• Lastly, a therapist is a good resource to have for sure, but A. Not everyone has access to a therapist, and B. A therapist absolutely doesn't fix all of your problems. Depression and anxiety are literally mental illnesses that don't really have a concrete "cure". A therapist's job is to help someone understand where those problems may be coming from and what is actually contributing to them so you can ascertain the steps you need to take to get some peace of mind. Yes, there are such things as anti-depressants and anti-anxiety, but they aren't one size fits all and some people have to take them for the rest of their life just to stay on the straight and narrow. They don't cure anyone's depression or anxiety. Rather, it keeps it at bay before it can get too bad.


The main take-away from this is that there will never be a quick fix to this or a solution that works for absolutely everybody. Everyone's different. Everyone is wired in a specific way that makes them completely unique from everyone else. Even the people who feel completely "normal" have different things that make them tick. The practice of treating these mental and emotional issues as something that can just be easily fixed with one change or turned off somehow is something else that needs to end. All it does is make those who are afflicted with it feel worse about having it if it's such an easy thing to grasp. I'm not one of those people who thinks that doing nothing but sitting on your ass about it will make it magically go away either. People do need to actually get up and do something about it instead of expecting things to get better, I agree. But people need to understand just how difficult doing just about anything can be to people who suffer with this. There are some days where it takes a monumental effort for me to simply get out of bed. The last thing I need it someone telling me that I'm not trying hard enough or that I'm just using it as an excuse to get attention. That doesn't help. None of that helps. It should be kind of obvious that an inflammatory attitude towards someone who is already quite inflammatory towards themselves probably is going to complicate matters.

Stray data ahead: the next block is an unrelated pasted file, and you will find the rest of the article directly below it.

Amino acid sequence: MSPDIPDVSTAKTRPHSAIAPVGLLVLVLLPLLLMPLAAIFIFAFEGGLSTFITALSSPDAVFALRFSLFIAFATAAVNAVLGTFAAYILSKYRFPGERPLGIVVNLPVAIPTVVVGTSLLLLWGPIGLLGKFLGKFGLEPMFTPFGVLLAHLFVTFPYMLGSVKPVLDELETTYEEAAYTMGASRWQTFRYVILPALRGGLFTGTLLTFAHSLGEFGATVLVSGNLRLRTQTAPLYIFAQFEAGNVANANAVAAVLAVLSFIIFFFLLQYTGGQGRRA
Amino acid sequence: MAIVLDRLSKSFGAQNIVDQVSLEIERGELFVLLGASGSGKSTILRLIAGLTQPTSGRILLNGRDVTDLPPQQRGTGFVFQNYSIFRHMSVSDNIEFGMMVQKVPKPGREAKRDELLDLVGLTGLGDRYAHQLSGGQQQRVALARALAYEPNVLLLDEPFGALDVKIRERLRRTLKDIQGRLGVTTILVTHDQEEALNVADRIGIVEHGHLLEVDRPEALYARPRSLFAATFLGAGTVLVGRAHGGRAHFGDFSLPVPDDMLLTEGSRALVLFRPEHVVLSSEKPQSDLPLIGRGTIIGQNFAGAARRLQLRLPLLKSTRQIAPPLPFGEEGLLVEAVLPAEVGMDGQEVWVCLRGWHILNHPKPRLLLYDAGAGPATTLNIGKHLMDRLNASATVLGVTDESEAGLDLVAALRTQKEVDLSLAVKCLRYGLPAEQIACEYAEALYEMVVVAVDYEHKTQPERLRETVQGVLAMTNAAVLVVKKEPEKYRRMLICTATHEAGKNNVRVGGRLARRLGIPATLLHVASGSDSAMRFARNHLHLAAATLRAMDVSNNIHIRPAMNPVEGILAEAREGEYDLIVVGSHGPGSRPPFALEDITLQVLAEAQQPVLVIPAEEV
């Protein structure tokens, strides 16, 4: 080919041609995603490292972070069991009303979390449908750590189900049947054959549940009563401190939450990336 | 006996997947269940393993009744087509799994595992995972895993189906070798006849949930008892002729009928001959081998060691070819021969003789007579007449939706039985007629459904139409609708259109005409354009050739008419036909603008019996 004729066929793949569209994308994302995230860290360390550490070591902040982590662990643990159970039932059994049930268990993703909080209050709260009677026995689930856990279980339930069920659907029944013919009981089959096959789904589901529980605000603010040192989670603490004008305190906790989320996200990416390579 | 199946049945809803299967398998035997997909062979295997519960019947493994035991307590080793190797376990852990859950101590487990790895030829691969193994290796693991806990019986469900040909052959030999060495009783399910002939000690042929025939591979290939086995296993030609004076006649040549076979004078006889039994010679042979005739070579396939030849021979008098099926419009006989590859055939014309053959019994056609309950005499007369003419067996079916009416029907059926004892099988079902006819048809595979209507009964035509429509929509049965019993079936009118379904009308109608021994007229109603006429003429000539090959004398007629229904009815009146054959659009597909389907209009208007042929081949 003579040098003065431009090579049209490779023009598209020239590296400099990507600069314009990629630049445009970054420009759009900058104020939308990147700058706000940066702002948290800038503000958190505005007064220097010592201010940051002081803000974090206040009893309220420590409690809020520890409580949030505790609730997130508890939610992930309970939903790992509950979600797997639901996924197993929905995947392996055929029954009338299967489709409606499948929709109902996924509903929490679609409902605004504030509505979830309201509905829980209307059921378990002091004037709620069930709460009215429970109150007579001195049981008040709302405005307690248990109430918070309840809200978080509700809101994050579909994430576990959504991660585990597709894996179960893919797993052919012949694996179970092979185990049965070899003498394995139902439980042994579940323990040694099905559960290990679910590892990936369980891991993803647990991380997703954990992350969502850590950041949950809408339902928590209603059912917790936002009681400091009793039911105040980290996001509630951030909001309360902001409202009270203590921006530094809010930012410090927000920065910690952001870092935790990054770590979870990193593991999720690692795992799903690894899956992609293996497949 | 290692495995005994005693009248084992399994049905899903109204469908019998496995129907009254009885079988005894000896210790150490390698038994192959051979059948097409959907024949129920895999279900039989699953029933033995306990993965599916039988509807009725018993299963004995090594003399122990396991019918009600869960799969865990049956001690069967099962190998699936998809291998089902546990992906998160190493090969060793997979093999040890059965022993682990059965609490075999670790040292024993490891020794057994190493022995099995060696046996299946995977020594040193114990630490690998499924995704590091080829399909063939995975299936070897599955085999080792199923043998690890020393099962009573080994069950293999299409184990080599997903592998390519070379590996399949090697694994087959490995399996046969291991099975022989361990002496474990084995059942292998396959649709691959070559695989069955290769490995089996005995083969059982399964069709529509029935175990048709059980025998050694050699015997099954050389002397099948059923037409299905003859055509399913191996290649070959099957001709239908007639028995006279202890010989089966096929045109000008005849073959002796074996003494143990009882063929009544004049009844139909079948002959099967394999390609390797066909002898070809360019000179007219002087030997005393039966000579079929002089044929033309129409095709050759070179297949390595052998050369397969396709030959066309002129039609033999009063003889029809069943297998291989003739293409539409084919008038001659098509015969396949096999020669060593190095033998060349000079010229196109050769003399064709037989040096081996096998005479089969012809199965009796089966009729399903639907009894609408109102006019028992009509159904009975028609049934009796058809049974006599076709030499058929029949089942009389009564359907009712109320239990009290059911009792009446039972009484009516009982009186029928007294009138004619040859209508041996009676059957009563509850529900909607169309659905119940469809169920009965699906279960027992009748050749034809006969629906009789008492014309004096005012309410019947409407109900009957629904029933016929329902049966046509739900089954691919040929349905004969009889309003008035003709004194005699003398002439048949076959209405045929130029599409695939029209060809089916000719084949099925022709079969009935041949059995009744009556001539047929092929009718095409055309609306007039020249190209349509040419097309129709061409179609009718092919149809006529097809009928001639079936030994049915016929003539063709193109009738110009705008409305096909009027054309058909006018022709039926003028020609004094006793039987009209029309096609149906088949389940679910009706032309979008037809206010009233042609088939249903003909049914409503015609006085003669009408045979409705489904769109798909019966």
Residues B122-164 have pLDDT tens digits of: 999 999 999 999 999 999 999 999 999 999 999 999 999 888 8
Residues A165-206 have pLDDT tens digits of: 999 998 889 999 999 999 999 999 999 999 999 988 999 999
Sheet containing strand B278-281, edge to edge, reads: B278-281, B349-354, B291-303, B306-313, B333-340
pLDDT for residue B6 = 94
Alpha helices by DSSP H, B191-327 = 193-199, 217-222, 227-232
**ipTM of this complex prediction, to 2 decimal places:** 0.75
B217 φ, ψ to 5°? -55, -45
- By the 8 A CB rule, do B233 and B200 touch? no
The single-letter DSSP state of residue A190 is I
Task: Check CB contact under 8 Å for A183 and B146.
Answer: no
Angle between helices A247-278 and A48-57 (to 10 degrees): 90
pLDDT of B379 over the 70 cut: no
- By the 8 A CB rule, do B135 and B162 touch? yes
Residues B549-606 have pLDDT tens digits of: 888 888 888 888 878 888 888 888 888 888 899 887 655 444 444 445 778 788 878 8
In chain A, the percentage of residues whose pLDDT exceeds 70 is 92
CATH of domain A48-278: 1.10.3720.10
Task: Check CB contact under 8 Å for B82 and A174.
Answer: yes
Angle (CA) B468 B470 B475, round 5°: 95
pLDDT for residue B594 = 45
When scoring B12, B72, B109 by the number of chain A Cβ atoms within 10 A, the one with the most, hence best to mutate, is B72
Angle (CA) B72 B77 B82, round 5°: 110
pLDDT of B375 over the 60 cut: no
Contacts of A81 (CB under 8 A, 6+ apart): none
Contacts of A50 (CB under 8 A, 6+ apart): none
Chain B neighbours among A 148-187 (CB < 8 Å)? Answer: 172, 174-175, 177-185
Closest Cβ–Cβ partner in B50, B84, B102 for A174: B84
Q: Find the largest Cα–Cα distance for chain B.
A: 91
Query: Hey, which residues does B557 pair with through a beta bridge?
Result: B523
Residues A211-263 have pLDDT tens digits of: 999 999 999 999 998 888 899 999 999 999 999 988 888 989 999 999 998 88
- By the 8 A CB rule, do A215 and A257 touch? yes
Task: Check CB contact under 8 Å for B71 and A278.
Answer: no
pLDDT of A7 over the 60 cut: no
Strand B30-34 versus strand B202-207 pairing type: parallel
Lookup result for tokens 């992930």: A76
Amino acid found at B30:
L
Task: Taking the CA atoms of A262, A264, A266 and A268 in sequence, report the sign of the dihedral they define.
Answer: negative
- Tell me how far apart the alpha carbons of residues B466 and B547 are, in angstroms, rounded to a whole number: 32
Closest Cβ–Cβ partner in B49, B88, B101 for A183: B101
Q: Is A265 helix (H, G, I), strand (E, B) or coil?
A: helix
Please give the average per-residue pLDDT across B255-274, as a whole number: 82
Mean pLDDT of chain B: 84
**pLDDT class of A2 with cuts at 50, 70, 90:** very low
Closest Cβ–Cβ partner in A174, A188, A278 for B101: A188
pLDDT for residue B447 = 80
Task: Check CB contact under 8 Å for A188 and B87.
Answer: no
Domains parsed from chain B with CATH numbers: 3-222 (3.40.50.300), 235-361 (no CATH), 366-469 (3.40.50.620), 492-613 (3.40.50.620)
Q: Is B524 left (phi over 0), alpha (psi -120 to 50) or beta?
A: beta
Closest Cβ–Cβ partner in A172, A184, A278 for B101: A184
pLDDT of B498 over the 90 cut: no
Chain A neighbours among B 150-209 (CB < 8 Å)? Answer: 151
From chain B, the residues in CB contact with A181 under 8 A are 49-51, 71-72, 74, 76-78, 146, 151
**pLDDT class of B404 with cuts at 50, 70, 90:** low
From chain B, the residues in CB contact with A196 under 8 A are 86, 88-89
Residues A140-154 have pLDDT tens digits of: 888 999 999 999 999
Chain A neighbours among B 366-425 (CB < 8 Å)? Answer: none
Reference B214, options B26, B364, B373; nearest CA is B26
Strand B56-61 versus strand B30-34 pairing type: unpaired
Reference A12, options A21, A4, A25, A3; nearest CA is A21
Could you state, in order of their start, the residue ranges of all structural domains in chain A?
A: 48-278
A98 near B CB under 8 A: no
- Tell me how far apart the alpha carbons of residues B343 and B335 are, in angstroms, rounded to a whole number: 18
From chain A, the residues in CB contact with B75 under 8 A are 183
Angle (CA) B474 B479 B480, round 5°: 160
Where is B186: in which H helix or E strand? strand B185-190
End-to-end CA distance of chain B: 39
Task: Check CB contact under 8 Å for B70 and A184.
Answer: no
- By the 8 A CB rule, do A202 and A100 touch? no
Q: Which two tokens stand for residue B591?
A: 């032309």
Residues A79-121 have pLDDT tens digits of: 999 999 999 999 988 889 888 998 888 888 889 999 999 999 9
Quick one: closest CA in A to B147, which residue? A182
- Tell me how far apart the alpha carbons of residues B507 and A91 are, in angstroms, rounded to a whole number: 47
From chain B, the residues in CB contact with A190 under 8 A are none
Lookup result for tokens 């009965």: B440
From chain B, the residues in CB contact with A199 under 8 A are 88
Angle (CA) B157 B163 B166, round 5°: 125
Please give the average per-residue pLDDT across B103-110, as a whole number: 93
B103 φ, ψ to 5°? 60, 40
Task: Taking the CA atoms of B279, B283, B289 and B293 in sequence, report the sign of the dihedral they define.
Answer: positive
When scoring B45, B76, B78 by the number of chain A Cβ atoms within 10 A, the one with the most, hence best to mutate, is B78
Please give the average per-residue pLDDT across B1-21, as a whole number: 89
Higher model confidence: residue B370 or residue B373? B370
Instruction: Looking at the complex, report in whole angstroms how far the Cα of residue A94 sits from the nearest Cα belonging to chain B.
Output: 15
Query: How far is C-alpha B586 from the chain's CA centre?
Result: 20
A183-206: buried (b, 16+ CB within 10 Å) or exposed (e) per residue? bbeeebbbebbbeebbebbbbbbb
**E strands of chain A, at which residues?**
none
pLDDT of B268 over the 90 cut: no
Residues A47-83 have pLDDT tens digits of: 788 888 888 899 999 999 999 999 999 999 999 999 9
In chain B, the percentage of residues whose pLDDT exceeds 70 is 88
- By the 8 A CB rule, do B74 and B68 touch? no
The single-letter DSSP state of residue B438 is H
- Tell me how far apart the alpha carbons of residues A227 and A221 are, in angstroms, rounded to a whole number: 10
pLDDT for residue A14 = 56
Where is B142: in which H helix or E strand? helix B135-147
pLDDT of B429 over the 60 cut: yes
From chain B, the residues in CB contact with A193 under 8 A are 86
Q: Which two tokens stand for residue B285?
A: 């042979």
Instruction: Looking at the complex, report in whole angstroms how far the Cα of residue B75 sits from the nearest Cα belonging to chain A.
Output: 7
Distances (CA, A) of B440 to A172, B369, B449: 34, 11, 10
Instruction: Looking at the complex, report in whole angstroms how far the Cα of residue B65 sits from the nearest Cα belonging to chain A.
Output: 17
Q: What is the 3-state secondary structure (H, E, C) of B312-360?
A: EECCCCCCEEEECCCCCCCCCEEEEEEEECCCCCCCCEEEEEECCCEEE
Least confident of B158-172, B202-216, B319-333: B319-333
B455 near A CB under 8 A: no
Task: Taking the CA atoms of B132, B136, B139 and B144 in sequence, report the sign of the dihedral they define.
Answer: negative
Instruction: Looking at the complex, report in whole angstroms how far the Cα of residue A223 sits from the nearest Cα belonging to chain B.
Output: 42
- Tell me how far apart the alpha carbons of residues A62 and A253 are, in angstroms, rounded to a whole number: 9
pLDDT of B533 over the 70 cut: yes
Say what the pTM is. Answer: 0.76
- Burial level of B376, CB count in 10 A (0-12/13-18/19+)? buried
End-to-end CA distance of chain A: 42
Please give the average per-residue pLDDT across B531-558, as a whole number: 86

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10 minutes ago, fraggle said:

Self respect breeds self confidence. Stop disrespecting yourself, and don't allow others to disrespect you.

I honestly believe this is the best advice we've heard yet, and we've heard lots of really good advice here.

Respect yourself and you will earn others' respect.

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Posted (edited)

What I do? Whenever I'm in any situation that needs confidence I don't have, I drop it, go home, turn up the music and play Doom.

 

EDIT: And don't give me the "You clearly haven't gone through..." argument, as I probably have too, and my methods work for myself.

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4 hours ago, Sparktimus said: